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The independent news website of The Kent Stater & TV2


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Students get a head start in the workforce

Lauryn Tadda
Career Exploration and Development held the Summer Internship and Job Fair on Tuesday, Feb. 6 in the Student Center.

More than 300 young professionals shuffled through The Student Center on Tuesday to hear what employers had to offer for their career goals at the Summer Internship and Job Fair.

Career Exploration and Development typically holds one to two large career fairs a semester, but this was the first one to focus on summer opportunities. Students were excited and anxious to speak with the 30 employers attending from across Ohio. 

Avian Austin, a sophomore integrated language arts major, expressed her nervousness about competition in the workforce. 

“I know education, especially English, can be competitive, especially for good wages as a teacher,” Austin said. 

Nerves are expected from young professionals at the start of their career. Ellen Kratky, a career advisor with Career Exploration and Development, said students should understand what the employer is hiring for and focus less on the employer’s name. 

“Don’t be afraid to ask employers questions; these people are here to recruit you,” Kratky said. “They want to talk to you, and they want to give you information. The ball is in your court.” 

The fair not only offered potential employment opportunities but also a booth for professional headshots and one to help students dress more professionally called the “Career Closet.”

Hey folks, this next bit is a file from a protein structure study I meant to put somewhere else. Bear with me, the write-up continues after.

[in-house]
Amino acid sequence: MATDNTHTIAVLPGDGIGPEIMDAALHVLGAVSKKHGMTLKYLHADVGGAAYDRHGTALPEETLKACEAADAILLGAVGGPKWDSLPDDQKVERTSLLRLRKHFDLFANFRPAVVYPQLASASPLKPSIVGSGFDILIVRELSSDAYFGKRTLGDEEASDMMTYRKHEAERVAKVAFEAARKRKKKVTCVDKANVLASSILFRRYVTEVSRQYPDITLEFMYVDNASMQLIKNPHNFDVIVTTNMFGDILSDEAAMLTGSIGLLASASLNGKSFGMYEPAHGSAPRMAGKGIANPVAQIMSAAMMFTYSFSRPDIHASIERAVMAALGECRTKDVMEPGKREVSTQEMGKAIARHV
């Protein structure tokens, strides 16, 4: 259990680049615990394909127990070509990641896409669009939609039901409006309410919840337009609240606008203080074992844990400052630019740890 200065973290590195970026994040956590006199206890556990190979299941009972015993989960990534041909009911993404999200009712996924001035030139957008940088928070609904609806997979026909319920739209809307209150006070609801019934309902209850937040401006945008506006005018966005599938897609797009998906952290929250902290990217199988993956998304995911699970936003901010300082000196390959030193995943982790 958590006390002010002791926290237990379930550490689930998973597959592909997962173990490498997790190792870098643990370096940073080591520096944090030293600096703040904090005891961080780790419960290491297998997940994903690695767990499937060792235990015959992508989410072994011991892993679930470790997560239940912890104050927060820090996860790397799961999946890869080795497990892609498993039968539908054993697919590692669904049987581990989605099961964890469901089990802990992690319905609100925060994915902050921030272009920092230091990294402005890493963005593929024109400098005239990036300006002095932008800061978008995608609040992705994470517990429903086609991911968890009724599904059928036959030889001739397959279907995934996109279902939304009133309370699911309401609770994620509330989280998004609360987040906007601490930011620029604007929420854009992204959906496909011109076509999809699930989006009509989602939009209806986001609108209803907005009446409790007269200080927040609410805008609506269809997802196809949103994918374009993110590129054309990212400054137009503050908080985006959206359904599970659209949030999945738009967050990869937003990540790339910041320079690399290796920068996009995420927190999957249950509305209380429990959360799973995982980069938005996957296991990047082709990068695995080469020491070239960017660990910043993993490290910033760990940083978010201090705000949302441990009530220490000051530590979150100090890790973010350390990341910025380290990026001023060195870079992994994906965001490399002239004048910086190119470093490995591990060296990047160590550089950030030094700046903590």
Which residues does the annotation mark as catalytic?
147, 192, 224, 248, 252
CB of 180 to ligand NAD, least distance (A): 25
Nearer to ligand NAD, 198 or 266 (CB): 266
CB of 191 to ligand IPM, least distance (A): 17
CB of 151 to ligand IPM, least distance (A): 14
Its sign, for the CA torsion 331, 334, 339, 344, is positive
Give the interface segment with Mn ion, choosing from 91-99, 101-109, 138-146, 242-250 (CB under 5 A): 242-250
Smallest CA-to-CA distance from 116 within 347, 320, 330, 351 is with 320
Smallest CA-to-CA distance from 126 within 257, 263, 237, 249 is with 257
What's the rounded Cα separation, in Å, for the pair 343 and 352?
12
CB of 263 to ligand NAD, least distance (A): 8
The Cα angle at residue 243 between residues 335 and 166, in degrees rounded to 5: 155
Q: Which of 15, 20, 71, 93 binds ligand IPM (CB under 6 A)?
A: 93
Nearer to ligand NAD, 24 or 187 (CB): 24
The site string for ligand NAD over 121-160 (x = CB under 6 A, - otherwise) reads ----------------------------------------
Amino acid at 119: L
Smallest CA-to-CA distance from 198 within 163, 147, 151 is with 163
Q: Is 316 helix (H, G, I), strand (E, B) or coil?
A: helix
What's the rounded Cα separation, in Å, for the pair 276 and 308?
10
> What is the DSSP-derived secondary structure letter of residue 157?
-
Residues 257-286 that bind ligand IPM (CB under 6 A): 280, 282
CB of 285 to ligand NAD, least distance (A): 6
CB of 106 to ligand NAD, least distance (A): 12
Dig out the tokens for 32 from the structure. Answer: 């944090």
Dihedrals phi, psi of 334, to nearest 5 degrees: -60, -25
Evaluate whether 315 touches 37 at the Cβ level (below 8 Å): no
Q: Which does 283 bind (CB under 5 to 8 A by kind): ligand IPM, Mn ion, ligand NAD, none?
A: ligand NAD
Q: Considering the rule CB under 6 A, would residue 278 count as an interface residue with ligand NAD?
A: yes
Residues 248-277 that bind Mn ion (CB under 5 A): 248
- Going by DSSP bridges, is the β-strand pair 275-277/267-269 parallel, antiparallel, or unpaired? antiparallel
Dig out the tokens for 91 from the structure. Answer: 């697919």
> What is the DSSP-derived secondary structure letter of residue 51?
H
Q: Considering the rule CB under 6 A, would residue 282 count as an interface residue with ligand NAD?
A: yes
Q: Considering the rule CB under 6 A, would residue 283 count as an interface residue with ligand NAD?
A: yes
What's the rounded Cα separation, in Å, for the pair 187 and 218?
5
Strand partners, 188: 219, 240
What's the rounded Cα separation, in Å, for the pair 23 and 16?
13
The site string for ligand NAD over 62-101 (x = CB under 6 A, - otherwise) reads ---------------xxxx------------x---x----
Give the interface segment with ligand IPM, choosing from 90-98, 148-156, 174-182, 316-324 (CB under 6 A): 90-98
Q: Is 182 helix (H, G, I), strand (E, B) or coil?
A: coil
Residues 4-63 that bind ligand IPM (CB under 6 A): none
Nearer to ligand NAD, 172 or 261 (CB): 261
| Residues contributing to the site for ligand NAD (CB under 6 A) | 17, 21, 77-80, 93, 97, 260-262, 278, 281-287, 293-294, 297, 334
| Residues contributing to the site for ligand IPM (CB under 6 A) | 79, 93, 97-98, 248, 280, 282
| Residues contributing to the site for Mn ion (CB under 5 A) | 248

The Career Closet provided free professional attire at the Summer Internship and Job fair on Tuesday, Feb. 6 in the Student Center. (Lauryn Tadda)

Employers’ goals for the career fair differ within each company, but all look for  professional college students. They highlighted the importance of students putting their best foot forward when attending career fairs as well.

“It’s weird to me seeing people in pajama pants at a recruiting event,” said Laura Cruise, an accounting manager in Progressive’s reinsurance accounting and reporting department. “Maybe people should consider wearing something other than pajamas because these are people you are wanting to get a job from, and you should really be making a good impression.”

Many employers highlighted the fact that while they may not be advertising a career in a student’s interested field, students should still connect with them as they might be able to work with what the student is studying. 

“Talk to as many people as possible; that’s how you are going to find out what you want to do,” said Ian Watlington, a partner of Proof Marketing. “Try everything. Something may surprise you.”

For students looking for a head start on their career, a Meet the Employers event will be held 11 a.m. – 2 p.m. April 10 at the Design Innovation Hub.

Lauryn Tadda is a reporter. Contact her at [email protected].

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